Members of the Abkhazian opposition group said they had ‘no reason to doubt’ the official diagnosis, but that they were still ‘conducting their own investigation’ into it.
Rumours of Bzhaniya’s possible poisoning intensified after two members of his security detail allegedly also fell ill.
According to RFE/RL’s Ekho Kavkaza, Khishba told journalists one of Bzhaniya’s security guards experienced ‘problems with his larynx and speech’ as well as symptoms of Bulbar palsy, a spectrum of symptoms for neurological impairment.
Sergey Shamba, the chair of opposition party United Abkhazia and a former Prime Minister of Abkhazia, also addressed rumours of poisoning during the 2 May press conference.
United Abkhazia is a member of the opposition coalition along with the Amtsakhara Party and civil society groups Abzankhara and Apsadgyl.
‘There is no doubt we have many questions about what happened. But eventually, every secret is revealed […] Unfortunately, in our society it has become commonplace for political leaders to be eliminated or there are attempts to eliminate them’, Shamba told journalists.
In her column for Ekho Kavkaza, the editor-in-chief of Abkhazian newspaper Nuzhnaya Gazeta, Izida Chaniya said that the opposition ‘voicing an unproven version of events’ regarding Bzhania’s possible poisoning could be explained by rumours that Vladislav Ardzinba and Sergey Bagapsh, the first and second presidents of Abkhazia, were also poisoned. She said that such rumours were prevalent among the Abkhazian public.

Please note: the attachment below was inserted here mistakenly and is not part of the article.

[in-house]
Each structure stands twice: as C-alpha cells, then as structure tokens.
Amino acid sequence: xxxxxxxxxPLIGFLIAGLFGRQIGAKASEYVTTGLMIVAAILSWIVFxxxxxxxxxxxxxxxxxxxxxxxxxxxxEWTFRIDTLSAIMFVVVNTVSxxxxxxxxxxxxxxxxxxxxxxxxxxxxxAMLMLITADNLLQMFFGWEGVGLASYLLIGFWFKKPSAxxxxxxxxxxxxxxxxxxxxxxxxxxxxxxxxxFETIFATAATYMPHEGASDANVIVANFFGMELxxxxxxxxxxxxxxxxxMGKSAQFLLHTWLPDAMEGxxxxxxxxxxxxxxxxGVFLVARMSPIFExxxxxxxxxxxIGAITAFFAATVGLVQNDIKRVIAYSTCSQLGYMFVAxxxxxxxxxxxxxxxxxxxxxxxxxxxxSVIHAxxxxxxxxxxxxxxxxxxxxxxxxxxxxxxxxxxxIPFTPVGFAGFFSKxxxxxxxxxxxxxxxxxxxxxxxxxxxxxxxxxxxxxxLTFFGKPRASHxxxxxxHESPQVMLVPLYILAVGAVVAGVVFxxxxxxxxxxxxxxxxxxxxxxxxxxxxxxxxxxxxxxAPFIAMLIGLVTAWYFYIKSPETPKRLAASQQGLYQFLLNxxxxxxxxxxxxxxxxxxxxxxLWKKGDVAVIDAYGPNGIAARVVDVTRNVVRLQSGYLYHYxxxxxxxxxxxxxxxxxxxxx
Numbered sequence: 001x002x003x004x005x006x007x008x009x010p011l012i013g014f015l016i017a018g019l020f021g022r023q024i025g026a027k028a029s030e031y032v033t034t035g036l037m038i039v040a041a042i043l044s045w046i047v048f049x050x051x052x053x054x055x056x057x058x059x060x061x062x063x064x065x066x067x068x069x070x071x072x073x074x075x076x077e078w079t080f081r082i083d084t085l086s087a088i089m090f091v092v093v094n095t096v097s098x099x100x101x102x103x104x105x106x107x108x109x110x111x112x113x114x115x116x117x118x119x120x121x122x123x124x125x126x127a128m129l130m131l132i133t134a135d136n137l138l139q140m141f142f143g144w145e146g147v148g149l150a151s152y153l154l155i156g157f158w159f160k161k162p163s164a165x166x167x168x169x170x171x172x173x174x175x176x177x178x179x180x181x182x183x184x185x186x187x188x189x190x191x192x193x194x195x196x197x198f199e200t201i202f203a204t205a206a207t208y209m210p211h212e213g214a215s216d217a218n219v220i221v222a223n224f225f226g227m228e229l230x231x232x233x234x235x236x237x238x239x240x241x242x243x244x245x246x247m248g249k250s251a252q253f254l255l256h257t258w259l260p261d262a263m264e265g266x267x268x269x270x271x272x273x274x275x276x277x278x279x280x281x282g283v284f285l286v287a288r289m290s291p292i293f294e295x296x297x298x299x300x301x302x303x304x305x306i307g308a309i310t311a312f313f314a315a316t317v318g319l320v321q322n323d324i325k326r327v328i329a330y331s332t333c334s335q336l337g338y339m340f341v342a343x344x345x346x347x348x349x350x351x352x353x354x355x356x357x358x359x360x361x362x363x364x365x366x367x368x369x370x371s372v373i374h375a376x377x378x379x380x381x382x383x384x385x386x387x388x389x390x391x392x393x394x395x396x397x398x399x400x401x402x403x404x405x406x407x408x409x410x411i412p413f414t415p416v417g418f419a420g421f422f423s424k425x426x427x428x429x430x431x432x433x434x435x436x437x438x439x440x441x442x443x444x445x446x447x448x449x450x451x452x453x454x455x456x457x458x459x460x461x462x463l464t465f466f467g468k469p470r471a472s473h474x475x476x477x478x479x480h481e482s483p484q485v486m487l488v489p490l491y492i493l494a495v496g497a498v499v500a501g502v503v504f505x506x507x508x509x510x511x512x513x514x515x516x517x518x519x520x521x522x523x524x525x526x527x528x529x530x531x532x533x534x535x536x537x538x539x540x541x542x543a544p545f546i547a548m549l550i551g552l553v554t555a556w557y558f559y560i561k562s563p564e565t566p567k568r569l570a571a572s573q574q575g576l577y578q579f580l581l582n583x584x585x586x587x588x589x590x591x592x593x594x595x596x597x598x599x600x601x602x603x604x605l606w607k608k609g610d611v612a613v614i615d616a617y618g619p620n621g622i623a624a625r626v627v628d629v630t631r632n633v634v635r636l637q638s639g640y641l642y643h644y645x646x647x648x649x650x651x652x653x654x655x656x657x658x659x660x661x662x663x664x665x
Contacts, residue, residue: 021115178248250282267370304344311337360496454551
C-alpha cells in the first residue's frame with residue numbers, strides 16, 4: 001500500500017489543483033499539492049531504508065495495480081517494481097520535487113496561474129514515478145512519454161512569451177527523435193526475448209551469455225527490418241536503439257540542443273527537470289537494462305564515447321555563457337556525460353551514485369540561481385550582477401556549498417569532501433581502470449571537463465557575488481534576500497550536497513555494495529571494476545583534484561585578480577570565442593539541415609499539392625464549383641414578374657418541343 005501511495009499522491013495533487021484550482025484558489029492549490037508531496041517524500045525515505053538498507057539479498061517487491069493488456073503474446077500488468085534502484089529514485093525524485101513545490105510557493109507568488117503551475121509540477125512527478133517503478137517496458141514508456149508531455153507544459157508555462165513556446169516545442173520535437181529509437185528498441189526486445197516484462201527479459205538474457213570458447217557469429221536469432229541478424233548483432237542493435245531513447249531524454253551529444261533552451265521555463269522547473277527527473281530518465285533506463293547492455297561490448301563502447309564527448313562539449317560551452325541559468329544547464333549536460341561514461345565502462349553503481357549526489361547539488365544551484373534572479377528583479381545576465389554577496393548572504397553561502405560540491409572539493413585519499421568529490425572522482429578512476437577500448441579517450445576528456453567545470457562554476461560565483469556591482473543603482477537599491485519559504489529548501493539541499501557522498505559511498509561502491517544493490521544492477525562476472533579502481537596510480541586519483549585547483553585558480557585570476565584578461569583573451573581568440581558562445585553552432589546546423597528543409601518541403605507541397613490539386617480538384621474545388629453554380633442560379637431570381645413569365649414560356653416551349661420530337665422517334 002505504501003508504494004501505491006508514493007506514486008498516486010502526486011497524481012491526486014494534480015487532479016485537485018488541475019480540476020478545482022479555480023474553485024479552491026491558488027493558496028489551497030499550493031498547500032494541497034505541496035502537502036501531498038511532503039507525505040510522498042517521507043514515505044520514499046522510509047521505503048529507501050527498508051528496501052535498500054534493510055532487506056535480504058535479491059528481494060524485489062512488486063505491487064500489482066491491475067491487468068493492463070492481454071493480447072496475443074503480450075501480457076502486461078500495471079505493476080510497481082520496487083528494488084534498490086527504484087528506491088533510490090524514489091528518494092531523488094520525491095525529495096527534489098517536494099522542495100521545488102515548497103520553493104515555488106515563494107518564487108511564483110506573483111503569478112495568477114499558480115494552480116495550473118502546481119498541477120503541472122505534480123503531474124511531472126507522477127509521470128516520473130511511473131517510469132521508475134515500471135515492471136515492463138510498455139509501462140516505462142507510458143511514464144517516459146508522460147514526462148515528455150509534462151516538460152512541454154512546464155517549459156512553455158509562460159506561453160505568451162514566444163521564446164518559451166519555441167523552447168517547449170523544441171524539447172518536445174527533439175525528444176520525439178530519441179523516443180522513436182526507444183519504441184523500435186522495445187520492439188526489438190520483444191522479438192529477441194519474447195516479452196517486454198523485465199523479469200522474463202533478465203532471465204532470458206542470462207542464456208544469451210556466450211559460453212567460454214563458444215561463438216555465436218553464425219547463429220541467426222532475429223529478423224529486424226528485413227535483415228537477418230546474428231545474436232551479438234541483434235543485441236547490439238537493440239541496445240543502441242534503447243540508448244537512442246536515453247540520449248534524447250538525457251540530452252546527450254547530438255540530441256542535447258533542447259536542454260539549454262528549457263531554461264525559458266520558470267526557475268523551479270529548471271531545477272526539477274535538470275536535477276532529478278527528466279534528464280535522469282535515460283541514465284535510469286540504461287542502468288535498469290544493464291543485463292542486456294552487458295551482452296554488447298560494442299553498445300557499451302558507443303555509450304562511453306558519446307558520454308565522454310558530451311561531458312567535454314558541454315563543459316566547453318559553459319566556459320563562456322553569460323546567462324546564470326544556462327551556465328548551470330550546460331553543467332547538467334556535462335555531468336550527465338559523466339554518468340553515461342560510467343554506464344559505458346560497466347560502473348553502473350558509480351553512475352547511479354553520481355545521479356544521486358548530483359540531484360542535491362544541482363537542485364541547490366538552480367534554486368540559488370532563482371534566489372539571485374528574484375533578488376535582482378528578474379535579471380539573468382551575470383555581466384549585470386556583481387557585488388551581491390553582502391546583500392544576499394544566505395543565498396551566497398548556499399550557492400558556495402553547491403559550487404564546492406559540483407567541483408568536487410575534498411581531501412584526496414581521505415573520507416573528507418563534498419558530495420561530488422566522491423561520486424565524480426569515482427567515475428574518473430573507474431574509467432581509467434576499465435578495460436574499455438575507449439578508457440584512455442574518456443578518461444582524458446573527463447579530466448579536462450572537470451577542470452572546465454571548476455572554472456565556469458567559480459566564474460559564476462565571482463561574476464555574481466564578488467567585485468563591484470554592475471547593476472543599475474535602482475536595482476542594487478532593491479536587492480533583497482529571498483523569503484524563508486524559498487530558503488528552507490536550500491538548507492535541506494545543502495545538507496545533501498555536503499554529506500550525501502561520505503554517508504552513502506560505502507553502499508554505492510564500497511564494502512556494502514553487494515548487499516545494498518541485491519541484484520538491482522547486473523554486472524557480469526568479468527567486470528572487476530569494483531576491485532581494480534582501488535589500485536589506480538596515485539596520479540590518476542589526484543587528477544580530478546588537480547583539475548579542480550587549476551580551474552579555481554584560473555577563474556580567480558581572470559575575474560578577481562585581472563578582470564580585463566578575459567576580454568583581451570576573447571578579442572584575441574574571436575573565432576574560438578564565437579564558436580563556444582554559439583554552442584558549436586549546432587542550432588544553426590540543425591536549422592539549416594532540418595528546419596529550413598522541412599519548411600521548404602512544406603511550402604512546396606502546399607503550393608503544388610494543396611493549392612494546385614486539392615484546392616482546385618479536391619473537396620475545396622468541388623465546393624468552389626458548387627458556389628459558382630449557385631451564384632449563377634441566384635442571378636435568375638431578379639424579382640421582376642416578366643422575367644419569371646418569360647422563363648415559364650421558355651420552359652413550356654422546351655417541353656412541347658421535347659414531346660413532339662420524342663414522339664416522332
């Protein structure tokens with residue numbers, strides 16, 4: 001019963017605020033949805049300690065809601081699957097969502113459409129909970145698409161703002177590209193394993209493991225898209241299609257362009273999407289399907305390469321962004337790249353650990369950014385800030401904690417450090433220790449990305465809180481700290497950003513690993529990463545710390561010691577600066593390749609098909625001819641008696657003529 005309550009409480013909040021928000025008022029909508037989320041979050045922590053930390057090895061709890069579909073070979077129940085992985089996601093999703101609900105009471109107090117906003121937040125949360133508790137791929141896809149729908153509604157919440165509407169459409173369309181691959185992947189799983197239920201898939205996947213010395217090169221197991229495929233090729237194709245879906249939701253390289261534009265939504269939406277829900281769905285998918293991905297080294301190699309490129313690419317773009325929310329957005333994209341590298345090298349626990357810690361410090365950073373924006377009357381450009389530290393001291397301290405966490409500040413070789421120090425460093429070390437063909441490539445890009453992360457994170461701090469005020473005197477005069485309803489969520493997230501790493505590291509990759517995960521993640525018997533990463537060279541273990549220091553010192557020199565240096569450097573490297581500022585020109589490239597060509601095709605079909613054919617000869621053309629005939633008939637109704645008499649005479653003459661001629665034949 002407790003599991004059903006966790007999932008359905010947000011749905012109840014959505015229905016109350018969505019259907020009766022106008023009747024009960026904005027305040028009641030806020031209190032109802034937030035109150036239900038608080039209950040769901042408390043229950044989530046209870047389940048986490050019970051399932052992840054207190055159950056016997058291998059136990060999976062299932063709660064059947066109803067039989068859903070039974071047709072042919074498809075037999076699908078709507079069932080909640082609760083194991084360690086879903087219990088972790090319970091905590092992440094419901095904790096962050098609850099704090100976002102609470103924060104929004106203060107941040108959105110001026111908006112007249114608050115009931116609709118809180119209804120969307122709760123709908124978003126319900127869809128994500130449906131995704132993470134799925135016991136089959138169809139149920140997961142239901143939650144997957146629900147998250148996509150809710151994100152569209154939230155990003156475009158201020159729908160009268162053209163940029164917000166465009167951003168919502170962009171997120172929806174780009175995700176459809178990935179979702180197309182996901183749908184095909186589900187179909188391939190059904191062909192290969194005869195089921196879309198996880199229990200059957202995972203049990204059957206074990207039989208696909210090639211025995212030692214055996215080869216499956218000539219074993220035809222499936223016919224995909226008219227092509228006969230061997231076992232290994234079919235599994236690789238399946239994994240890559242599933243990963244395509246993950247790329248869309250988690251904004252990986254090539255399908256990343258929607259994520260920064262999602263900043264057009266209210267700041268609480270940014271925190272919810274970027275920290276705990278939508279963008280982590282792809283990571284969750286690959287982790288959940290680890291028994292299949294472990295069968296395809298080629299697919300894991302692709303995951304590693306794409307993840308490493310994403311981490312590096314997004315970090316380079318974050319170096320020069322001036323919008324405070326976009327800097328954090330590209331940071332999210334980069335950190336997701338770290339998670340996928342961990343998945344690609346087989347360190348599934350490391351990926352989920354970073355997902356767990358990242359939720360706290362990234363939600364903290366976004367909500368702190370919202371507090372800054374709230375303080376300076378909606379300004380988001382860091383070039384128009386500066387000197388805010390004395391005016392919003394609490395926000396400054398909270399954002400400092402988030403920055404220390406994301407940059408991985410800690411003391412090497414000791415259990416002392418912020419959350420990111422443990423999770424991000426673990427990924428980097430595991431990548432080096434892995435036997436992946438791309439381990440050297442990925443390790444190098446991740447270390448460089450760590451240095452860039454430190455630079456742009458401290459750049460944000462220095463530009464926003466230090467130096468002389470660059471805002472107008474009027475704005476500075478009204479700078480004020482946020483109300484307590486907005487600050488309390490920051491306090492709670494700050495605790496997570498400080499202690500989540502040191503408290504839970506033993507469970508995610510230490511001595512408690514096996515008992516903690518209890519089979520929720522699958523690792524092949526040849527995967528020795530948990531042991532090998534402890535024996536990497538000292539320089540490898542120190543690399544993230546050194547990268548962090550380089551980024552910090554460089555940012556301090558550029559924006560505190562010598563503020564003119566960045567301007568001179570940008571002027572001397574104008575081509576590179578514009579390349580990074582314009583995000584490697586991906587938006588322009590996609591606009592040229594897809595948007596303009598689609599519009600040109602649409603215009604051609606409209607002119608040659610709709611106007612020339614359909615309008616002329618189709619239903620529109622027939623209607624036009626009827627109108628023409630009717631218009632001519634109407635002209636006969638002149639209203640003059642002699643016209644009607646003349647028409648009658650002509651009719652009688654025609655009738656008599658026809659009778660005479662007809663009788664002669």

In February 2012, vice president of Abkhazia Aleksandr Ankvab survived an assassination attempt after a grenade was thrown at his house in Gudauta, killing two of his bodyguards.
Six years later a man wanted for the attack was shot dead with automatic weapons by unidentified people.
The day after the opposition group’s press conference, the press office of Abkhazian President Raul Khadzhimba put out a press release saying that ‘unsubstantiated’ statements by the opposition while there was an official diagnosis of Bzhaniya’s illness ‘could not contribute to stability in society on the eve of presidential elections’.
In the same statement, Khadzhimba’s administration said Bzhaniya’s health was personally being taken care of by Abkhazia’s health minister, Tamaz Tsakhnakiya, adding that the minister had information from his ‘Russian colleagues’ that Bzhaniya was recovering.